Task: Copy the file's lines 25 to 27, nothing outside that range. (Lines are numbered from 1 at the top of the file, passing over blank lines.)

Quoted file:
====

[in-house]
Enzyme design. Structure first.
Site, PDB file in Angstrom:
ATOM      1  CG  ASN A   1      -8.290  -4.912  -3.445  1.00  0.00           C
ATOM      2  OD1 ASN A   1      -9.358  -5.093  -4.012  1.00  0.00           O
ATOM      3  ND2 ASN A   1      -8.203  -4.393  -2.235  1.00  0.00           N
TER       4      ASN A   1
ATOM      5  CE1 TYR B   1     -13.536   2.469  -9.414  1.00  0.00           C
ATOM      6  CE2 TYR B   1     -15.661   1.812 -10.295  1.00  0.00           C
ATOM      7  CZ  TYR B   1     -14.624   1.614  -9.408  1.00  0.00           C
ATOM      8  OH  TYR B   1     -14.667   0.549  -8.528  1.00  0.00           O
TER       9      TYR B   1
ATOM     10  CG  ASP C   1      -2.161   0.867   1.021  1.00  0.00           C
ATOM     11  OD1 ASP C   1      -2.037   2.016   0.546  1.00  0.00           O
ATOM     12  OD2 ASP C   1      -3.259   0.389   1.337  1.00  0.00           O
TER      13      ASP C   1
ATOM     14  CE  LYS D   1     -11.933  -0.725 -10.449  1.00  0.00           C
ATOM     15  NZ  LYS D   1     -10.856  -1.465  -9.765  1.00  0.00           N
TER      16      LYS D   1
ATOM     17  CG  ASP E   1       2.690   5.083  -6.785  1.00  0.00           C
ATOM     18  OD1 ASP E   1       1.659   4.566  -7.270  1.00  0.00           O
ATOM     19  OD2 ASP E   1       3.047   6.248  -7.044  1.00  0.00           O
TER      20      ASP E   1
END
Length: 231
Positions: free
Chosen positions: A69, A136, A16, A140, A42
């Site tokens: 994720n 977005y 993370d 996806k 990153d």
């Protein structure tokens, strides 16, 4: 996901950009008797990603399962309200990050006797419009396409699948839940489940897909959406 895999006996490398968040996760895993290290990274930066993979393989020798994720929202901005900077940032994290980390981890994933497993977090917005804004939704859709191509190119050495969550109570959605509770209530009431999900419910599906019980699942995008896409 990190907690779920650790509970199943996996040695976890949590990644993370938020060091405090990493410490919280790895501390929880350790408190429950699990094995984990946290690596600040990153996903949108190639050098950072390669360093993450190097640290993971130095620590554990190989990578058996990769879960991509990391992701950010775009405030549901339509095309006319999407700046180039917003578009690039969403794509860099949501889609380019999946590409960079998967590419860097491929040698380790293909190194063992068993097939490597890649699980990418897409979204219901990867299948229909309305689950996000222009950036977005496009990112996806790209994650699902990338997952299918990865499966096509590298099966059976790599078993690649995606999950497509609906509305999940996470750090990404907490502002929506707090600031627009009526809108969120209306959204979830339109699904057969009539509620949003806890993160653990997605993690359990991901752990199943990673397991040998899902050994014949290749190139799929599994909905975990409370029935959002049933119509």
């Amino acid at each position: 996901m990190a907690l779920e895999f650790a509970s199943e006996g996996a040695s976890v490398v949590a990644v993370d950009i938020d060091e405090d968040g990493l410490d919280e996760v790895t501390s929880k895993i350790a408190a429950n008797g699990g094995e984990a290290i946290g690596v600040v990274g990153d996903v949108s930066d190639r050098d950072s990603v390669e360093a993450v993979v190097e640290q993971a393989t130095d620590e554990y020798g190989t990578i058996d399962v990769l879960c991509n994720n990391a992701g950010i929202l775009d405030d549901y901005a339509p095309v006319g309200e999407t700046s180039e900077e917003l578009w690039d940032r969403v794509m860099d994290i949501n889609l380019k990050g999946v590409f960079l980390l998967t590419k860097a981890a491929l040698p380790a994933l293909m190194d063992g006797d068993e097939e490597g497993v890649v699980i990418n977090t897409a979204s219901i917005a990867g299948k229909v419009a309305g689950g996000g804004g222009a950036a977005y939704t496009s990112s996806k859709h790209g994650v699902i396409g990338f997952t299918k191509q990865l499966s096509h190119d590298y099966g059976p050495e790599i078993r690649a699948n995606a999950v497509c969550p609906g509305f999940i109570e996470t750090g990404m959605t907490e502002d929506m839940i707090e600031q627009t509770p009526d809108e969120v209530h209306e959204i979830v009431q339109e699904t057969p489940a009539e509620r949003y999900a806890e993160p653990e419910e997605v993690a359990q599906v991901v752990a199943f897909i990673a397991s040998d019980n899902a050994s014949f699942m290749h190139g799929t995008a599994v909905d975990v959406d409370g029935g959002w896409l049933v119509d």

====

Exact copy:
Length: 231
Positions: free
Chosen positions: A69, A136, A16, A140, A42